At 5.5%, the UK has one of the lowest unemployment rates in Europe. However, this apparent success is masking the prevalence of underemployment in the UK economy. Underemployed workers can be seen as those individuals who have a job (thus not unemployed) but are being underutilised. The Office of National Statistics (ONS) estimates that in 2014 around 10% of the UK labour force wanted to work for longer hours (known as visible underemployment). Also seen in the UK is a second type of underemployment: individuals are overqualified for their jobs and have underused skills. The labour force survey does not collect data on this second type of underemployment but according to the Chartered Institute of Personnel and Development; 58.8% of graduates had jobs which did not require a degree.
Underemployment exists because it is preferable to unemployment. Individuals find accepting part time work or a lower skilled jobs can potentially provide a better source of income compared to pure unemployment, and of course it is often the case that it is easier to get another job if you are already working. Increases in underemployment similarly to unemployment are often in response to changes in the demand for labour; during times of lower economic activity there is an increase in both full-time workers moving to part time work and skilled workers willing to accept lower skilled jobs. Studies by The Institute for Public Policy Research (IPPR) have actually shown that the number of people accepting part-time jobs since they could not find full time jobs significantly increased during the 2008 recession. Nevertheless, these are not the only reasons for increases in underemployment; automation and technological change can mean your skills are no longer needed, businesses may only need additional labour at particular times of year or particular times of day and increases in the minimum wage can make underemployment more attractive in comparison to unemployment.
In the short run, underemployment is certainly more desirable than unemployment; the wider economy sees increased spending compared to unemployment and there are reduced pressures on the welfare system which can possibly prevent further benefit cuts in times of high austerity. However, the real problem is trying to prevent short-time underemployment from turning into long term underemployment. When workers are stuck in lower skilled and lower paid jobs than they might expect and when individuals forced to work less hours than they might like, they feel undervalued. This reduces morale and has a direct impact on business productivity. Whatever the cause of underemployment, the effect on individuals is real: they have less disposable income, slower (if any) career progression and generally a lower quality of life.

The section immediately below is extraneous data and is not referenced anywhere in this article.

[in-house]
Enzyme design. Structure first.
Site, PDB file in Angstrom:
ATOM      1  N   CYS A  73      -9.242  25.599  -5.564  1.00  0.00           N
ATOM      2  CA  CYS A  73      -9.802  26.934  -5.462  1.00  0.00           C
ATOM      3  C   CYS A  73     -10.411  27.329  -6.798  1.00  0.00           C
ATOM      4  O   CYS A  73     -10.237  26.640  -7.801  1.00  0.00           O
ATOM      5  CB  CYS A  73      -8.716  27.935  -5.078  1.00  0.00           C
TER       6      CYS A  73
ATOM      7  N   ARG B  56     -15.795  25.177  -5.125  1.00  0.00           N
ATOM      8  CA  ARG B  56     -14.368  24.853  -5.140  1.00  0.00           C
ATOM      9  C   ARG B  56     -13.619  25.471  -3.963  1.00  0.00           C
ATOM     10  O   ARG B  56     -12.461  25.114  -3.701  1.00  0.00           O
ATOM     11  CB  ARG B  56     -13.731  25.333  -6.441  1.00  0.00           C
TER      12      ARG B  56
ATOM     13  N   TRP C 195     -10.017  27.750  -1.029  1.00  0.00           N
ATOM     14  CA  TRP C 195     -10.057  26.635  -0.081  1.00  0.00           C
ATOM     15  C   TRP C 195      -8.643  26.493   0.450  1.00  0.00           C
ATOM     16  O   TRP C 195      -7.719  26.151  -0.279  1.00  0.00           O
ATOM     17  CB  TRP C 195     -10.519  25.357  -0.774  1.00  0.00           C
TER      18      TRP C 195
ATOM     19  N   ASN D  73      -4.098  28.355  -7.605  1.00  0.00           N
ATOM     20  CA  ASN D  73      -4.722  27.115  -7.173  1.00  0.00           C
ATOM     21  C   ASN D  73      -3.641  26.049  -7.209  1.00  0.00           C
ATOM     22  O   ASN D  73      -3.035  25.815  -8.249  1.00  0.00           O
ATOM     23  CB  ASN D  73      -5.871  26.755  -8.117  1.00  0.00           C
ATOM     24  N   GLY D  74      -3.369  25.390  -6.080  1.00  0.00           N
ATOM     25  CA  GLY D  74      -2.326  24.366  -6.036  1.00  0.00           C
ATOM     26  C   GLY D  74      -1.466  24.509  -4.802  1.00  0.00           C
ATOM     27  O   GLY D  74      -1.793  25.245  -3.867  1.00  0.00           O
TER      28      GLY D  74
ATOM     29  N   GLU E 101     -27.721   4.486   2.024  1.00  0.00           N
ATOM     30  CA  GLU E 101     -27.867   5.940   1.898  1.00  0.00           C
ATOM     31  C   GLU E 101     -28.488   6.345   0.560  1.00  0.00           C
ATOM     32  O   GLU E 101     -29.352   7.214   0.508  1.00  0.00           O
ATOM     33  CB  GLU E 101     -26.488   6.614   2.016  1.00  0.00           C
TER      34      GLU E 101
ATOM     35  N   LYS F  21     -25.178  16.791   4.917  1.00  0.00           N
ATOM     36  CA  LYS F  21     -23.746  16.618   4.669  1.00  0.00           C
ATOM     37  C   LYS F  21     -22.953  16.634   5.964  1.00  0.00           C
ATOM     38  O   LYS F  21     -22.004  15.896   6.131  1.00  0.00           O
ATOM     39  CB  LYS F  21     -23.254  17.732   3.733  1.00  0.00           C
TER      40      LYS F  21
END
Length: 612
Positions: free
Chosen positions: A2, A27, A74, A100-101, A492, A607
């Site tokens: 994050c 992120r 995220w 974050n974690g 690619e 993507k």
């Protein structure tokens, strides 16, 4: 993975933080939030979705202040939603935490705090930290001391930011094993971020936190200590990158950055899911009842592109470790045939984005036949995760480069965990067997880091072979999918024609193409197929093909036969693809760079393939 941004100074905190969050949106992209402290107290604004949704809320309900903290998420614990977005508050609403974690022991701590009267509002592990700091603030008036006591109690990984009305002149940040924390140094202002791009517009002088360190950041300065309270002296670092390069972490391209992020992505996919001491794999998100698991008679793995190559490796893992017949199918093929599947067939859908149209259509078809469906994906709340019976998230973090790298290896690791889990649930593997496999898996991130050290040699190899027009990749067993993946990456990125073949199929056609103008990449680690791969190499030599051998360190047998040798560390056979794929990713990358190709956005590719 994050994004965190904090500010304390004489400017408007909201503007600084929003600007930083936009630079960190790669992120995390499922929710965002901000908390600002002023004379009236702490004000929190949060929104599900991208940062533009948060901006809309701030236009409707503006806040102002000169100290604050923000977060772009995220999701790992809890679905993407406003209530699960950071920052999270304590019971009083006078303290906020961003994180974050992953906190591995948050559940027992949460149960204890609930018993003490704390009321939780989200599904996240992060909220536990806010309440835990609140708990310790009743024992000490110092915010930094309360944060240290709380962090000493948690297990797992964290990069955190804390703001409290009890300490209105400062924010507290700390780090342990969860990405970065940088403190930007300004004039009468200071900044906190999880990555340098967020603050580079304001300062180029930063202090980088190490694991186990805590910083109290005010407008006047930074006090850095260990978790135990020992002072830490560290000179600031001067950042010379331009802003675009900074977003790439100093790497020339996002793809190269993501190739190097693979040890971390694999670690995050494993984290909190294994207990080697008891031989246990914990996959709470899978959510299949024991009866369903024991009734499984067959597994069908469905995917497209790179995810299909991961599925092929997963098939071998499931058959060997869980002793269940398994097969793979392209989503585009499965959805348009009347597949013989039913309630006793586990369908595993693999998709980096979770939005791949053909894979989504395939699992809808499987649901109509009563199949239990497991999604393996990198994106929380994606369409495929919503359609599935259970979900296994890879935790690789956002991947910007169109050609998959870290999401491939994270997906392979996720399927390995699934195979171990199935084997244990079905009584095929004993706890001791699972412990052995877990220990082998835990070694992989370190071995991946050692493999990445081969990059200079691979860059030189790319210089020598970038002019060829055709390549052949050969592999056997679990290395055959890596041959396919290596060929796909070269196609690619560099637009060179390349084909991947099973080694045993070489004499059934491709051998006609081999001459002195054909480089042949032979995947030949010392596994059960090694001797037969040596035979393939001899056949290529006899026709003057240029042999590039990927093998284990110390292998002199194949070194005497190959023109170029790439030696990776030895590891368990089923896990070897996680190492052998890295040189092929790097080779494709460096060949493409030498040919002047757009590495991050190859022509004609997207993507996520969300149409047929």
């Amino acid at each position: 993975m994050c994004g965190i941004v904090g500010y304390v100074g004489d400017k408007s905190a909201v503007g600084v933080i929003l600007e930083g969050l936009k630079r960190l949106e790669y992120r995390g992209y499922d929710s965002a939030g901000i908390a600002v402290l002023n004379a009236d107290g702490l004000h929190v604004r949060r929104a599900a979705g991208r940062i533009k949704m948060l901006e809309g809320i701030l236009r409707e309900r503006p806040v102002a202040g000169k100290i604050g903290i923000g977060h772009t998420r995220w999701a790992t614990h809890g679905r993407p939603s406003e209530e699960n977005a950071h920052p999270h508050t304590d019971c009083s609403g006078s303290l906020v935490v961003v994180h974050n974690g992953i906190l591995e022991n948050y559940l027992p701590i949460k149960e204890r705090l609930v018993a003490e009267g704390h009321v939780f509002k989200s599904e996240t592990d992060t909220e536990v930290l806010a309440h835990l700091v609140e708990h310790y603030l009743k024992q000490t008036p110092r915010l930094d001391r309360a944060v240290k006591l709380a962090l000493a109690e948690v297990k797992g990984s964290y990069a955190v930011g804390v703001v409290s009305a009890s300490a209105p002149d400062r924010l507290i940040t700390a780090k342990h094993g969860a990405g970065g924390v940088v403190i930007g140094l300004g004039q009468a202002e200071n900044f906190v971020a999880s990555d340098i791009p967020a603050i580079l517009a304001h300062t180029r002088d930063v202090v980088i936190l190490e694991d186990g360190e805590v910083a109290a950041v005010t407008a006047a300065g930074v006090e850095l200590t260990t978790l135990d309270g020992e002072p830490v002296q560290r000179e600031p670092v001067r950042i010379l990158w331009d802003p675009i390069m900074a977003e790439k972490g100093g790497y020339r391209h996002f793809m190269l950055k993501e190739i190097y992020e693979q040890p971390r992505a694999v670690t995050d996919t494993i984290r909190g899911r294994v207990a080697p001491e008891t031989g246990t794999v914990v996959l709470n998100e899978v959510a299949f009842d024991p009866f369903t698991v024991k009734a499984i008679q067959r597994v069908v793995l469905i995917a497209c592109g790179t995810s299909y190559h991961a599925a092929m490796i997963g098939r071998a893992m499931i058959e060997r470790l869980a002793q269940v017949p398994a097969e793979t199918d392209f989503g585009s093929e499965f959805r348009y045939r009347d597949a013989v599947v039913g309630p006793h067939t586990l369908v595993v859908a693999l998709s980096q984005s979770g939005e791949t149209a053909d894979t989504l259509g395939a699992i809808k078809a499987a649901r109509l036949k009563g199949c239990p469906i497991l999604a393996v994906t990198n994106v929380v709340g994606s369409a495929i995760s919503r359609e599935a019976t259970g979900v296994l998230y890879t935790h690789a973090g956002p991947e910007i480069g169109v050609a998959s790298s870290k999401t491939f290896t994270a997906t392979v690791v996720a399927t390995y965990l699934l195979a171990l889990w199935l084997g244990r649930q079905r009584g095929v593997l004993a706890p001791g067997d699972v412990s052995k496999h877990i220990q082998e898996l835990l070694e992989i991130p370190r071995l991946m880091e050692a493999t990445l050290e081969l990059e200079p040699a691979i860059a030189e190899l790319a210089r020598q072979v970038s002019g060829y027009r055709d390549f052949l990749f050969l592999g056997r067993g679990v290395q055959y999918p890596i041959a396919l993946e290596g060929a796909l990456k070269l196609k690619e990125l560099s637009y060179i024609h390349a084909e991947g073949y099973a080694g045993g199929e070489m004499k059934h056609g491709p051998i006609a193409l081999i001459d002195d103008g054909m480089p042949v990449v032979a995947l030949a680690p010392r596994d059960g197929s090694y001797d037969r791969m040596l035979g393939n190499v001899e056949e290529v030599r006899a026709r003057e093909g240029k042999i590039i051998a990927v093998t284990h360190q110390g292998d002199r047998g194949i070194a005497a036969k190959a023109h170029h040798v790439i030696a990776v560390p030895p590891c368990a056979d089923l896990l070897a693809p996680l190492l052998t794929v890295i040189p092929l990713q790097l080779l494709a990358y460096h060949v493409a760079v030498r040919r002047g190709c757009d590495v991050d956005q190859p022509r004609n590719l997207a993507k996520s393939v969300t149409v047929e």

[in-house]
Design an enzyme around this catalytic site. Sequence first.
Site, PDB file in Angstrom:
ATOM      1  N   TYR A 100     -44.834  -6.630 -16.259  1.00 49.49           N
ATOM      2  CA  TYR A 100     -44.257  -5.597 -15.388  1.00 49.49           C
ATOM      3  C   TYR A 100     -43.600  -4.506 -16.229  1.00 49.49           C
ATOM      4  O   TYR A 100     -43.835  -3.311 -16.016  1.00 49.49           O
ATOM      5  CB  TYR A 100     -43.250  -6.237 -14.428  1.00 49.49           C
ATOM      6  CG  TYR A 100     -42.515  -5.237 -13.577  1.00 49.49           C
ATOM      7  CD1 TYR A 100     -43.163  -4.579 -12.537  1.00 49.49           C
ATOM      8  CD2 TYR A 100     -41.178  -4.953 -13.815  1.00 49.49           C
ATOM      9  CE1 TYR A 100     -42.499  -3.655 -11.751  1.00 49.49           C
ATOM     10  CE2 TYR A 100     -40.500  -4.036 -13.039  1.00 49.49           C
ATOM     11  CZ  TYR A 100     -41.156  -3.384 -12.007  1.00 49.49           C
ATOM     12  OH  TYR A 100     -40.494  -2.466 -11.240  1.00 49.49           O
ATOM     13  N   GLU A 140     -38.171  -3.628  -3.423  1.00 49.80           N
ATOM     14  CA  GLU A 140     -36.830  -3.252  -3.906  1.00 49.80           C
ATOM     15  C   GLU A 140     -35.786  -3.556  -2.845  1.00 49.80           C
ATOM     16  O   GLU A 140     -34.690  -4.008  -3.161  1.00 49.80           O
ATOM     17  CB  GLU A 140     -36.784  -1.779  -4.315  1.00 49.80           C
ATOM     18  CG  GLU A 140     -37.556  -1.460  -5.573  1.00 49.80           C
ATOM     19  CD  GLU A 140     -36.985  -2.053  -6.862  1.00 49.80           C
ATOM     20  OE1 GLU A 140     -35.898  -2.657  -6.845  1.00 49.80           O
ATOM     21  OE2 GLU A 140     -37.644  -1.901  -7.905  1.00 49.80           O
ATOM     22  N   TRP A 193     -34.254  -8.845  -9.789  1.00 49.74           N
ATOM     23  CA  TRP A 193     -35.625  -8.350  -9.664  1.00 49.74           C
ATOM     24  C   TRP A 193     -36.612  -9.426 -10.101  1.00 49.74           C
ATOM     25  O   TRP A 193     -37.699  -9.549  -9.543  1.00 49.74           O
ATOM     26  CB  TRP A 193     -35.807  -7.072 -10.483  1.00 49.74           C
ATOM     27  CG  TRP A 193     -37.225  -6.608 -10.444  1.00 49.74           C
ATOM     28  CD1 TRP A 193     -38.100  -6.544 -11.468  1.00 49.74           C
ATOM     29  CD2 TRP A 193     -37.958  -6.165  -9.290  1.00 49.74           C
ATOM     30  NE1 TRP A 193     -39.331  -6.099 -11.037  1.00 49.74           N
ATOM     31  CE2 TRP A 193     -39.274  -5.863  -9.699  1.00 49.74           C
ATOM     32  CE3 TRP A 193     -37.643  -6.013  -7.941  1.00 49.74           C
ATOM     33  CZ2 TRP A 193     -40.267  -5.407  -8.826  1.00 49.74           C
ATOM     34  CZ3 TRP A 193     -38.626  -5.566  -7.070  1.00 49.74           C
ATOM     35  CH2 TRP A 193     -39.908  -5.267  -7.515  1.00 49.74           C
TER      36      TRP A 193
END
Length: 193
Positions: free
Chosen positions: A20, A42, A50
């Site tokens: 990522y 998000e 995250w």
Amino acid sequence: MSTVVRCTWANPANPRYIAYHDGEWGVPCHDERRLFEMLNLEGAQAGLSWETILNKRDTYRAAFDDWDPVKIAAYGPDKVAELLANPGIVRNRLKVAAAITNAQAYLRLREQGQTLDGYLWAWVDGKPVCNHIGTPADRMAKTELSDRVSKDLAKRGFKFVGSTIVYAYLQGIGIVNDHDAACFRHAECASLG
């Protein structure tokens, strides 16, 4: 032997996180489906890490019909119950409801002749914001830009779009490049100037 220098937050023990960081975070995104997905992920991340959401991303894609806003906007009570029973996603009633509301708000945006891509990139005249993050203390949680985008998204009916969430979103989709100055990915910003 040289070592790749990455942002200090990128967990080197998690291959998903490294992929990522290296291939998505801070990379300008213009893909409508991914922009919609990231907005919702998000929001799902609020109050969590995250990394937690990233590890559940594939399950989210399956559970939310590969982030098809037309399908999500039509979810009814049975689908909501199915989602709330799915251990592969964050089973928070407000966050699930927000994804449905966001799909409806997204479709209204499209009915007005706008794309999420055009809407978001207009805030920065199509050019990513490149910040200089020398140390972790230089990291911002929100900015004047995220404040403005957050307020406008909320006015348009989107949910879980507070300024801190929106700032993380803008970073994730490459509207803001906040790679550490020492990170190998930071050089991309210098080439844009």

Any solution must focus on encouraging business to boost career progression and upward movement of workers to prevent skilled workers being trapped in low paying, low skilled positions and to prevent workers being pushed into indefinitely part-time careers. Ideally, when economic activity increases these skilled workers as well as those skilled workers entering the workforce should compete for the best positions and part-time workers they could be given a priority over new full time workers. Unfortunately this is rather optimistic: workers may lose unpractised skills over time and anyway, if part-time workers or skilled workers take up positions instead of those entering the workforce then underemployment is just going to be the same as before. Although it is tempting to view this more equitable redistribution of underemployment towards new-entrants into the workforce as a positive, money has just been spent giving these workers skills which are then not used and money has to be spend re-training older workers: no business given the option would choose to do the latter.
Ultimately, most underemployment is either part of the business cycle or just a normal part of a particular industry and like unemployment, it is difficult to escape from. Although it is hard to find direct solutions; improving the rights of these workers as the Government has attempted to do (with legislation against ‘exclusivity’ clauses in zero-hours contracts), is a very respectable course of action to take.